penalties and up to 30 days of “late pay”.
Additional Regulations Exclusive to California
Sexual Harassment Training
For employers with 50 or more employees, California requires that employers provide two hours of sexual
harassment training for all supervisors every two years. If an employer has at least 50 employees, those
supervisors working in California must be trained even if there are less than 50 employees in California. The
definition of a supervisor is broad and includes anyone with the authority to direct the work of others.
Managers in the State of California can be held personally responsible for
allowing sexual harassment in the workplace to continue to occur after the
harassment has been reported. Managers can also be held responsible for
dangerous work environments. Any employer or manager who has actual
knowledge of a concealed danger and fails to notify the affected employees
and appropriate state agency can be fined or imprisoned or both.
California employers cannot prevent ex-employees from working for competitors. Non-compete agreements
in California are generally not valid. California courts view non-compete agreements as “against public policy”
(against the public good). Most other states will enforce such covenants when they are reasonable as to duration
and scope. However, under state law, employers may enforce reasonable confidentiality, intellectual property
assignment, non-solicitation and non-disclosure agreements.
Mandatory arbitration provisions covering wrongful termination or employment discrimination claims must
satisfy certain requirements. California employers do have the right to require employees to sign arbitration
agreements as a condition of employment, however, employers must take care that the arbitration agreement
is not “unconscionable,” which would render it unenforceable. In addition, class action arbitration waivers are
generally unenforceable and individual arbitration is favored by the courts.
WARN Act – Layoffs and Business Closures
The federal Worker Adjustment and Retraining Notification Act (WARN) requires
companies employing a certain number of employees to provide written notice prior
to any mass layoffs or plant closings to specified entities. Employers can be liable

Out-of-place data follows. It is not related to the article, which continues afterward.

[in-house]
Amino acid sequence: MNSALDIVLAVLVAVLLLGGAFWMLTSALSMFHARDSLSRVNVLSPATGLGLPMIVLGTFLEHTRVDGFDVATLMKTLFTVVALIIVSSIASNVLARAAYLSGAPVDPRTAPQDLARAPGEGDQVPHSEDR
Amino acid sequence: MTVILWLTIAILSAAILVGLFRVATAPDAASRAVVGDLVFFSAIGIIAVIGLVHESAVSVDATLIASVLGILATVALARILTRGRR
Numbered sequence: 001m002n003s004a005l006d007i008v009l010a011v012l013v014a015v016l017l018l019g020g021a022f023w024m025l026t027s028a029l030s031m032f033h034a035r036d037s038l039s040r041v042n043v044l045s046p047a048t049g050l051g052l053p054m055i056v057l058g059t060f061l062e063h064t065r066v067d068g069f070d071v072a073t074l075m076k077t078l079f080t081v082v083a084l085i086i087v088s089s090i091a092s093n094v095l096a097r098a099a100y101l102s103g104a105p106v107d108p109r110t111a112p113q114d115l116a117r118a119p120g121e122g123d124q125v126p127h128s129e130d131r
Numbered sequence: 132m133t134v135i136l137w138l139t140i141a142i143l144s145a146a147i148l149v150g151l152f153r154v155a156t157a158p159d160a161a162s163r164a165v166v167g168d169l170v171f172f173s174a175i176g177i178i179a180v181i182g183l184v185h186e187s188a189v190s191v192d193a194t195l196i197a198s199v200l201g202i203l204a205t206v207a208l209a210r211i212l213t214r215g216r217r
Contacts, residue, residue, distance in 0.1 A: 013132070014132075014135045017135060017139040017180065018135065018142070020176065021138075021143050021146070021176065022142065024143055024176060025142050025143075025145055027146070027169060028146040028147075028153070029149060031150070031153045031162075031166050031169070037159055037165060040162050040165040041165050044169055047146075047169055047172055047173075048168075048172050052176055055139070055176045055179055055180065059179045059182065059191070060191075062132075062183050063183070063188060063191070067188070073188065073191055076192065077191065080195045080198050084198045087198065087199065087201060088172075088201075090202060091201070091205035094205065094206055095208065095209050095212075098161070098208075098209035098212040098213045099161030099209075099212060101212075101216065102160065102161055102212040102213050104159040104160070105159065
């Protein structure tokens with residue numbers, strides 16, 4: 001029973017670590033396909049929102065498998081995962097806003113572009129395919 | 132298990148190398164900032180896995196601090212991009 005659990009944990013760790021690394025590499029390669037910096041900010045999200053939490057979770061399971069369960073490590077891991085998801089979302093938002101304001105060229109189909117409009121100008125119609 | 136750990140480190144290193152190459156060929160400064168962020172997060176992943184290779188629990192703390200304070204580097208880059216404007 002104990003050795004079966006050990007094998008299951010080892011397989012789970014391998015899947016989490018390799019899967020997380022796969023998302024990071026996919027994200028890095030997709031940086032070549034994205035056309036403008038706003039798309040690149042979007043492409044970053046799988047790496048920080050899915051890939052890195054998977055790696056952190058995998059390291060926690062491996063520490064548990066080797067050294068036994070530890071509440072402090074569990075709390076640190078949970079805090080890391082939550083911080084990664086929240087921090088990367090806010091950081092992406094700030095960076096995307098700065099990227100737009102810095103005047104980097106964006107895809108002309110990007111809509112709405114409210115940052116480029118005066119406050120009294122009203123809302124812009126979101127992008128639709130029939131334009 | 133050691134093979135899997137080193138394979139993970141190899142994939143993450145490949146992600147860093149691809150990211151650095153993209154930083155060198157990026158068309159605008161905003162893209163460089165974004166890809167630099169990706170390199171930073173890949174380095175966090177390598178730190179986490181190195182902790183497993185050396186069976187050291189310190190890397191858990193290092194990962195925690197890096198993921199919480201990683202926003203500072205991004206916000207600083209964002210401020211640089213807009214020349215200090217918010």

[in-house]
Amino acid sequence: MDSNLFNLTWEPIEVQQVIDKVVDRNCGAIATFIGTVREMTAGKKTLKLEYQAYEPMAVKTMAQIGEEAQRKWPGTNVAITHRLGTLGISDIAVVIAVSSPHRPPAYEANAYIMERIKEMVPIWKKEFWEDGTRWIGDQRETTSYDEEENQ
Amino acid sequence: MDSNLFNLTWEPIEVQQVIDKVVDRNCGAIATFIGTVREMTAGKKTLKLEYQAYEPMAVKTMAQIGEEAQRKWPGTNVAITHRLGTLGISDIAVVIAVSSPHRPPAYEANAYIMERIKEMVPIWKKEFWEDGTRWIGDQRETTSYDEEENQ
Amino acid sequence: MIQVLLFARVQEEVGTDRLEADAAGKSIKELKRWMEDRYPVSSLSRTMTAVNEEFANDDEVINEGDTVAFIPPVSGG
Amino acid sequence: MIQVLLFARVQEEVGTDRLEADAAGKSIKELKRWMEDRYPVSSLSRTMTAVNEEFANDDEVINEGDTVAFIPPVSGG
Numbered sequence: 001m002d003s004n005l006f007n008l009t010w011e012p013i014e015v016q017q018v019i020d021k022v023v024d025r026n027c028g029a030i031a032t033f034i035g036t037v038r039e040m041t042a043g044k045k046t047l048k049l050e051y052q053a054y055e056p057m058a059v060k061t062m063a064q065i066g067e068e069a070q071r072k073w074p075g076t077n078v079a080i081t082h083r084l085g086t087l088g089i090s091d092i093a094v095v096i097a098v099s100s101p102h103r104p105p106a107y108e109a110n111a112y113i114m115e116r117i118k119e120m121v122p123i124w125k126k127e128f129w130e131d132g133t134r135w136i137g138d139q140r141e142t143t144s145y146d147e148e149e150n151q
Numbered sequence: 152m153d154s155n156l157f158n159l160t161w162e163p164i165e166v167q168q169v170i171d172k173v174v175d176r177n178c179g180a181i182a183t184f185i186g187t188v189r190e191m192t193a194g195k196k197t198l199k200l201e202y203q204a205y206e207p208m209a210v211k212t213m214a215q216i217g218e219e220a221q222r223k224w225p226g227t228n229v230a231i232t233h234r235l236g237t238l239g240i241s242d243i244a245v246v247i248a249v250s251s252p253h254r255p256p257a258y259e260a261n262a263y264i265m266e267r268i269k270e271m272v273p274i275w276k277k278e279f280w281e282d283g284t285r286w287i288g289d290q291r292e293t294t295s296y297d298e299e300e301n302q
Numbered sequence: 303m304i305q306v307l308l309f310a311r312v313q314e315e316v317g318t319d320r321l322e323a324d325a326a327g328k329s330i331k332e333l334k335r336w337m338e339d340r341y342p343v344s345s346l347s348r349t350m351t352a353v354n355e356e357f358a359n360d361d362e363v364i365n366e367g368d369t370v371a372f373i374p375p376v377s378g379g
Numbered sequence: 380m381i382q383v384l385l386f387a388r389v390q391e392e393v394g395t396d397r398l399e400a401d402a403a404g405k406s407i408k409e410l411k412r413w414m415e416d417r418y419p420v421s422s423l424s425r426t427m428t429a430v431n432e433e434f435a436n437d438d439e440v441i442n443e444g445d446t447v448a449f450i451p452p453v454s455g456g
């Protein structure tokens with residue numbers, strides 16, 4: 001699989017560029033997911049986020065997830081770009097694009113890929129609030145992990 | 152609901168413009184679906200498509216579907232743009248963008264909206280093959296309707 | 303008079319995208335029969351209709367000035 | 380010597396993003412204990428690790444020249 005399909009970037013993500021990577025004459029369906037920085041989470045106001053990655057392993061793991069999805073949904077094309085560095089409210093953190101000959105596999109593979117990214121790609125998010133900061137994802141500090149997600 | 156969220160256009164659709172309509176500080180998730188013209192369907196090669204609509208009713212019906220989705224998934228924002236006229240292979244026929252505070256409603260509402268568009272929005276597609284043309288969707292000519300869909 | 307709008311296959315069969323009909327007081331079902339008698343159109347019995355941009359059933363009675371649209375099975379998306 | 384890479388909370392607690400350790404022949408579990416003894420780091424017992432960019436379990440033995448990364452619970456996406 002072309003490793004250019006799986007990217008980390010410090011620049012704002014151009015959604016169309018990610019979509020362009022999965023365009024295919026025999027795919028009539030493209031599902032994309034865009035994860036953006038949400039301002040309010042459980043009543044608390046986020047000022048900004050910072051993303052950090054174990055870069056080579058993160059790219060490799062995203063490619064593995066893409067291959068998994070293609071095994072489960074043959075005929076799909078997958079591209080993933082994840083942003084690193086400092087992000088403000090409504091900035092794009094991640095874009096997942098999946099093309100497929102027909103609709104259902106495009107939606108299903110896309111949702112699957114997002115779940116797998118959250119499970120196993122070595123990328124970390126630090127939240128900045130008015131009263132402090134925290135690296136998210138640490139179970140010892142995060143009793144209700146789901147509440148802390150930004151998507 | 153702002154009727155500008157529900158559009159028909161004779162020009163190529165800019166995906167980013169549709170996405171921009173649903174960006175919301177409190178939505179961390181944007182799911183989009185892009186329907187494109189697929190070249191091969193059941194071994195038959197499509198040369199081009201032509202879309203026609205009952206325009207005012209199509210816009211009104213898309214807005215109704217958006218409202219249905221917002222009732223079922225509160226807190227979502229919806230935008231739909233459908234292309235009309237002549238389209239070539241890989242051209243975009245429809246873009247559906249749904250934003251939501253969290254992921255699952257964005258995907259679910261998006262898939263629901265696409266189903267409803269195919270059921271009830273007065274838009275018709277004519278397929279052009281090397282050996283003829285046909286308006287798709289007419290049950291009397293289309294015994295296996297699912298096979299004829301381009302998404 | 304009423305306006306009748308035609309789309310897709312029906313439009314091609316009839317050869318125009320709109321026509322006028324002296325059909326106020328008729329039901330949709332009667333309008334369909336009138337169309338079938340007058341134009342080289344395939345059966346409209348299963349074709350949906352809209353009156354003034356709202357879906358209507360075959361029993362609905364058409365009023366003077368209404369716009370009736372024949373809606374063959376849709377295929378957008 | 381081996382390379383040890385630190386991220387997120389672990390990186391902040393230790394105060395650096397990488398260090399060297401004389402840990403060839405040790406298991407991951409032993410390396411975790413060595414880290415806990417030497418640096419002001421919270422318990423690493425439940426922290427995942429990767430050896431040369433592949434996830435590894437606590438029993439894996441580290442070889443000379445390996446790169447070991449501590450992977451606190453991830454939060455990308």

for back pay, penalties up to $500 a day for each day of violation for a maximum
of 60 days, and liable for the cost of any medical expenses incurred by employees
that would have been covered under an employee benefit plan for the period of the
violation. California’s version of the WARN Act is broader in scope and effects more
employers than the federal version.
The city of San Francisco has additional laws and mandates which often supersede both state and Federal
Laws. Examples of these unique labor laws include:
• San Francisco Transportation Ordinance - employers with 20 or more employees, regardless of location,
must provide certain commuter benefits to non exempt employees who perform at least 10 hrs of work in
the City each week.
• San Francisco Health Care Ordinance - with passage of the Paid Sick Leave Ordinance, San Francisco
became the first city in the state to require all employers to provide paid sick leave.
• San Francisco Minimum Wage Ordinance - $9.79 as of January 1, 2009.
California is a unique state when it comes to employment labor laws. Human Resource professionals in other
states who are responsible for California employees can get the assistance they need to comply with our labor
laws from HR experts like CEA.
About California Employers Association
As one of California’s leading state-wide providers of Human Resources support
for businesses, CEA specializes in providing personalized consultation with a
staff of dedicated employee relations experts who offer a combined 125 years
As a membership organization, CEA provides human resource and labor relations
consulting services both over the phone and on-site. Our “hands on” approach
includes assisting businesses in areas ranging from implementing proper hiring
procedures to developing a comprehensive employee handbook to providing
sexual harassment awareness training to representing an employer in union
negotiations and before governmental agencies in unemployment, wage and
The California Employers Association was founded in 1937 by a small group of
business owners from a cross-section of industries as a cost-effective vehicle to
provide solutions to employer-employee relations. More than 71 years later, the
not-for-profit CEA has grown to become a statewide, member-owned organization
that assists private and public sector employers in promoting mutually beneficial
relations between employers and employees.